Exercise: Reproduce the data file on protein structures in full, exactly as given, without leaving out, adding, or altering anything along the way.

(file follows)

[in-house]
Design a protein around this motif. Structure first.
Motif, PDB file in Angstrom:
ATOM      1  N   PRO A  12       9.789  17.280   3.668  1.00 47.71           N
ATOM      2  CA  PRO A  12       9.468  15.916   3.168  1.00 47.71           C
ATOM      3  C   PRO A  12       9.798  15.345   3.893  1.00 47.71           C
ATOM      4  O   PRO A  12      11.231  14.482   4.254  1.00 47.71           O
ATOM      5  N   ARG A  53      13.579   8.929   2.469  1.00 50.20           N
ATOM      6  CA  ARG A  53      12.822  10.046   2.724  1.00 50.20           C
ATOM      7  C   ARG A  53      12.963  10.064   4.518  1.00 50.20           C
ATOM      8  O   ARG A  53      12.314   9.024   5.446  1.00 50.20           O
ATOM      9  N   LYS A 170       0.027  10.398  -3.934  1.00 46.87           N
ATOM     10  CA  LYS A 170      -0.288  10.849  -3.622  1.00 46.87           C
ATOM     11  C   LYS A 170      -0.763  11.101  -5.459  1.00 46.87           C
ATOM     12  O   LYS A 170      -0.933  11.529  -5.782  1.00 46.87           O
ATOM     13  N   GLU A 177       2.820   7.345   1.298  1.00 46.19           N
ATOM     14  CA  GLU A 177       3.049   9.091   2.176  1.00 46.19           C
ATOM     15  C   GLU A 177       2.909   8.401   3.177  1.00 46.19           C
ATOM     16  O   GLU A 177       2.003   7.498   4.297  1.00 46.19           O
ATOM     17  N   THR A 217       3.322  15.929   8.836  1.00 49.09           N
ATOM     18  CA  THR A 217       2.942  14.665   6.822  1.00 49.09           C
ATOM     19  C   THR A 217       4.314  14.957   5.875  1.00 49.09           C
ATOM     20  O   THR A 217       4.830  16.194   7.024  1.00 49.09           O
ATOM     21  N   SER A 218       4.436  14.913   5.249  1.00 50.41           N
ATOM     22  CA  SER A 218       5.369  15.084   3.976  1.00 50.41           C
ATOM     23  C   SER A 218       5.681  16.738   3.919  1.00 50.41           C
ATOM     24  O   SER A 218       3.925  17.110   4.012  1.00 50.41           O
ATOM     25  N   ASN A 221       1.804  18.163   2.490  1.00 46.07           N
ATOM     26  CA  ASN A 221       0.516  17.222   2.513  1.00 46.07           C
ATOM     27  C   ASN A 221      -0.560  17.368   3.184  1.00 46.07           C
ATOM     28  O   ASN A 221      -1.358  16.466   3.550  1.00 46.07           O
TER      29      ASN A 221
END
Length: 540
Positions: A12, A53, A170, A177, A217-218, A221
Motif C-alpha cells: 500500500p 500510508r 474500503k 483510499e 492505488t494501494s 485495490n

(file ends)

[in-house]
Design a protein around this motif. Structure first.
Motif, PDB file in Angstrom:
ATOM      1  N   PRO A  12       9.789  17.280   3.668  1.00 47.71           N
ATOM      2  CA  PRO A  12       9.468  15.916   3.168  1.00 47.71           C
ATOM      3  C   PRO A  12       9.798  15.345   3.893  1.00 47.71           C
ATOM      4  O   PRO A  12      11.231  14.482   4.254  1.00 47.71           O
ATOM      5  N   ARG A  53      13.579   8.929   2.469  1.00 50.20           N
ATOM      6  CA  ARG A  53      12.822  10.046   2.724  1.00 50.20           C
ATOM      7  C   ARG A  53      12.963  10.064   4.518  1.00 50.20           C
ATOM      8  O   ARG A  53      12.314   9.024   5.446  1.00 50.20           O
ATOM      9  N   LYS A 170       0.027  10.398  -3.934  1.00 46.87           N
ATOM     10  CA  LYS A 170      -0.288  10.849  -3.622  1.00 46.87           C
ATOM     11  C   LYS A 170      -0.763  11.101  -5.459  1.00 46.87           C
ATOM     12  O   LYS A 170      -0.933  11.529  -5.782  1.00 46.87           O
ATOM     13  N   GLU A 177       2.820   7.345   1.298  1.00 46.19           N
ATOM     14  CA  GLU A 177       3.049   9.091   2.176  1.00 46.19           C
ATOM     15  C   GLU A 177       2.909   8.401   3.177  1.00 46.19           C
ATOM     16  O   GLU A 177       2.003   7.498   4.297  1.00 46.19           O
ATOM     17  N   THR A 217       3.322  15.929   8.836  1.00 49.09           N
ATOM     18  CA  THR A 217       2.942  14.665   6.822  1.00 49.09           C
ATOM     19  C   THR A 217       4.314  14.957   5.875  1.00 49.09           C
ATOM     20  O   THR A 217       4.830  16.194   7.024  1.00 49.09           O
ATOM     21  N   SER A 218       4.436  14.913   5.249  1.00 50.41           N
ATOM     22  CA  SER A 218       5.369  15.084   3.976  1.00 50.41           C
ATOM     23  C   SER A 218       5.681  16.738   3.919  1.00 50.41           C
ATOM     24  O   SER A 218       3.925  17.110   4.012  1.00 50.41           O
ATOM     25  N   ASN A 221       1.804  18.163   2.490  1.00 46.07           N
ATOM     26  CA  ASN A 221       0.516  17.222   2.513  1.00 46.07           C
ATOM     27  C   ASN A 221      -0.560  17.368   3.184  1.00 46.07           C
ATOM     28  O   ASN A 221      -1.358  16.466   3.550  1.00 46.07           O
TER      29      ASN A 221
END
Length: 540
Positions: A12, A53, A170, A177, A217-218, A221
Motif C-alpha cells: 500500500p 500510508r 474500503k 483510499e 492505488t494501494s 485495490n